10.  Data privacy and security issues.  Anytime you start dealing with employee health information, remote workers, or a crisis in general, you need to consider the data privacy/security issues presented by all three.  For example, employee health information is considered a “special category” of personal data under the GDPR (and HIPAA as well).  Before such data is collected, transferred, or even discussed, make sure the company knows what is required under the law.  If you need to send an employee home because they are affected by the pandemic, respect their privacy.  Make sure that everyone understands that, in most cases, there is no need to discuss any individual’s medical condition.  In addition to the WFH issues identified in No. 9, remind employees to be extra watchful for phishing attacks, malware, and other nefarious shenanigans of hackers.  A pandemic crisis provides the perfect cover for the alarming emails and text messages (disguised as company communications or public service announcements) trying to fool employees into clicking on a toxic link.[13]  Make sure all employees are warned, have updated anti-virus and malware software installed, and know who to contact/what to do if they receive something suspicious.

*****

While much of the above is written with the COVID-19 virus in mind, it all applies to any pandemic or general health scare your company may face, regardless of where your company is located.  I have included links to several excellent articles and alerts if you want to go deeper, but the above will get you started down the right path.  The most important points are to take care of the company’s employees and step up to help lead the company through the crisis, i.e., run to the fire!  It’s also important to step back from being a good in-house lawyer and up your game on being a good person.  Be extra kind and understanding with everyone during a pandemic crisis.  Check on your neighbors, especially the elderly, and see if there is anything you can do (or share) to help them (including pointing them to services like onHand in London).  Make a donation to the local food bank (there will be lots of people who need some extra help).  Don’t hoard.  Don’t spread rumors.  And most importantly, wash your hands.  A lot. It’s going to be a little crazy for a while, but we will all get through this.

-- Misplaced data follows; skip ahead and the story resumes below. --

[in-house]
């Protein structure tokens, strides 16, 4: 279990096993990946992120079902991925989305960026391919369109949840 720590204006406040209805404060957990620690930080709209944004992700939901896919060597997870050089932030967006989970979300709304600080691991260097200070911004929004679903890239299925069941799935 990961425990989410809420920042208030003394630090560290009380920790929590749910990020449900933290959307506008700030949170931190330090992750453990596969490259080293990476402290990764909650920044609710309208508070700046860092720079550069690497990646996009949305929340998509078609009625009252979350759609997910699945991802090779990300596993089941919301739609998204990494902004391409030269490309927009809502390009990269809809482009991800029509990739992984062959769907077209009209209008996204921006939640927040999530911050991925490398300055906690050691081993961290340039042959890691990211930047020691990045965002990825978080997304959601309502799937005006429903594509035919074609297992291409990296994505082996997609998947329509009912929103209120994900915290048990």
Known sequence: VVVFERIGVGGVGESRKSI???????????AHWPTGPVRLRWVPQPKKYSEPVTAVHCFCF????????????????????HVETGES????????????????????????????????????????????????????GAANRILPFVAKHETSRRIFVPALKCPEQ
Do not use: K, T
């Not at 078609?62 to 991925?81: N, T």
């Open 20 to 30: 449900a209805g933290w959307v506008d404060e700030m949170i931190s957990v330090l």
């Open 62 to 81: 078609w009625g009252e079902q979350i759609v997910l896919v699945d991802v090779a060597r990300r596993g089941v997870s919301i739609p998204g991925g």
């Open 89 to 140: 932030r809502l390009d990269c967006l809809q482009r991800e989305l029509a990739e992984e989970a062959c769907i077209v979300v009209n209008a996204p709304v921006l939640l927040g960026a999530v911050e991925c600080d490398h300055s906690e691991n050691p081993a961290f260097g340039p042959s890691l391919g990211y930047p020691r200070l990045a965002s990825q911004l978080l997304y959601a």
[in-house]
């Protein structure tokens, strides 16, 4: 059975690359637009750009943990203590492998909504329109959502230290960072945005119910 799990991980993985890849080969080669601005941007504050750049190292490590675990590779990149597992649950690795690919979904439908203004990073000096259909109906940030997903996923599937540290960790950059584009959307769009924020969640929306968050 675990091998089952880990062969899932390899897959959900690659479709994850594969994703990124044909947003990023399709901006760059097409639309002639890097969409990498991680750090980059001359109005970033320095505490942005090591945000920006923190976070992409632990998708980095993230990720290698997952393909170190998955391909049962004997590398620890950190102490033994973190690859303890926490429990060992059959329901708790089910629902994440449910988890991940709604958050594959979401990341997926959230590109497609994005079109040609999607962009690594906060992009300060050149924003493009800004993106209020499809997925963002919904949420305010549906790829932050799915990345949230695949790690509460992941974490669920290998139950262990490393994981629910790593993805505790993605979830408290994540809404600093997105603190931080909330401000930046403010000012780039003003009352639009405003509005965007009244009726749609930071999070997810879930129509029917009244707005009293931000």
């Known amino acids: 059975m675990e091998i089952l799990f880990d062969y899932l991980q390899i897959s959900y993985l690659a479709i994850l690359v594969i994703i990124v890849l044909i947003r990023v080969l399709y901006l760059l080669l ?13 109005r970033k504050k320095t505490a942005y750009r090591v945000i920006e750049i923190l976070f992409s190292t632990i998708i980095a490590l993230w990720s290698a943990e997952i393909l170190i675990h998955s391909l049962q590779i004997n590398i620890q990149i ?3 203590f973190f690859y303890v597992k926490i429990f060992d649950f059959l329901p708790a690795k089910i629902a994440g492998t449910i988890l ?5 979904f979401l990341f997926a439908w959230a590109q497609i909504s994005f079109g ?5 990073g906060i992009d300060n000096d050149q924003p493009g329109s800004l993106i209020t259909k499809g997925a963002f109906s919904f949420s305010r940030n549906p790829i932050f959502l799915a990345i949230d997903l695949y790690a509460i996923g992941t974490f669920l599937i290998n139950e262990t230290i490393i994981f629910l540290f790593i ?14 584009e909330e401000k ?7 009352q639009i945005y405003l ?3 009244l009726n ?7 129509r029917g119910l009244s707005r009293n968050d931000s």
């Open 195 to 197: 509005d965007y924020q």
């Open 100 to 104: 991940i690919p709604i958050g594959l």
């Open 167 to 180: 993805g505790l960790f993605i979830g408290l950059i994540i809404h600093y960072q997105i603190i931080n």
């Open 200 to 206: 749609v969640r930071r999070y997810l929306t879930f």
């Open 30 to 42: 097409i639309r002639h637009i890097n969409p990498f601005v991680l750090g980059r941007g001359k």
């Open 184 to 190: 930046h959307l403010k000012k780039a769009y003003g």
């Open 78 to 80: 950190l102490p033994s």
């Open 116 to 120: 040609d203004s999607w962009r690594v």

Sterling Miller

March 16, 2020

Ten (More) Things You Need to Know as In-House Counsel – Practical Advice and Successful Strategies Volume 2 is out.  It’s my second book based on this blog series.  As the ABA says, “All in-house lawyers need to own this book!”  Click here to buy it.

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I have three published three other books: Ten Things You Need to Know as In-House Counsel – Practical Advice and Successful Strategies, The Evolution of Professional Football, and The Slow-Cooker Savant.  I am also available for speaking engagements, CLEs, coaching, training, and consulting.

Follow me on Twitter @10ThingsLegal and LinkedIn where I post articles and stories of interest to in-house counsel frequently.  

“Ten Things” is not legal advice nor legal opinion and represents my views only.  It is intended to provide practical tips and references to the busy in-house practitioner and other readers.  If you have questions or comments, please contact me at sterling.miller@sbcglobal.net.

[1] See Ten Things: Safe Harbor Agreement Invalidated – What Should I Do Next?

[2] Don’t remember the H1N1 pandemic of 2009?  Yea, I didn’t think so.

[3] See Ten Things: Showing the Value of the Legal Department.

[4] Additionally, “writing things down” is a task most other employees will be happy to pass along to anyone one else.  Take advantage of the opportunity.

[5] I have been particularly impressed with the coverage from The Washington Post.  See, in particular, What You Need to Know about the Coronavirus and the Post’s daily Coronavirus newsletter.

[6] See Ten Things: It’s Only Boilerplate (but I Like It!).

[7] See Coronavirus/COVID-19: Considerations for M&A Transactions.

[8] See also COVID-19 and Business Interruption Insurance.

[9] See Securities Litigation Risk Arising Out of the Coronavirus Pandemic.

[10] See Coronavirus Emergency Declarations Trigger Anti-Price Gouging Laws.

[11] See Coronavirus (COVID-19) Disruptions Prompt Relief From Certain Public Company Reporting Deadlines (SEC offers extensions on certain filing deadlines)

[12] See, e.g., Coronavirus and the “100% Work-From-Home” Scenario: Review Agreements with Vendors of Remote Access Technology.

[13] See Increase in Cyber-Attacks Disguised as Coronavirus Concerns.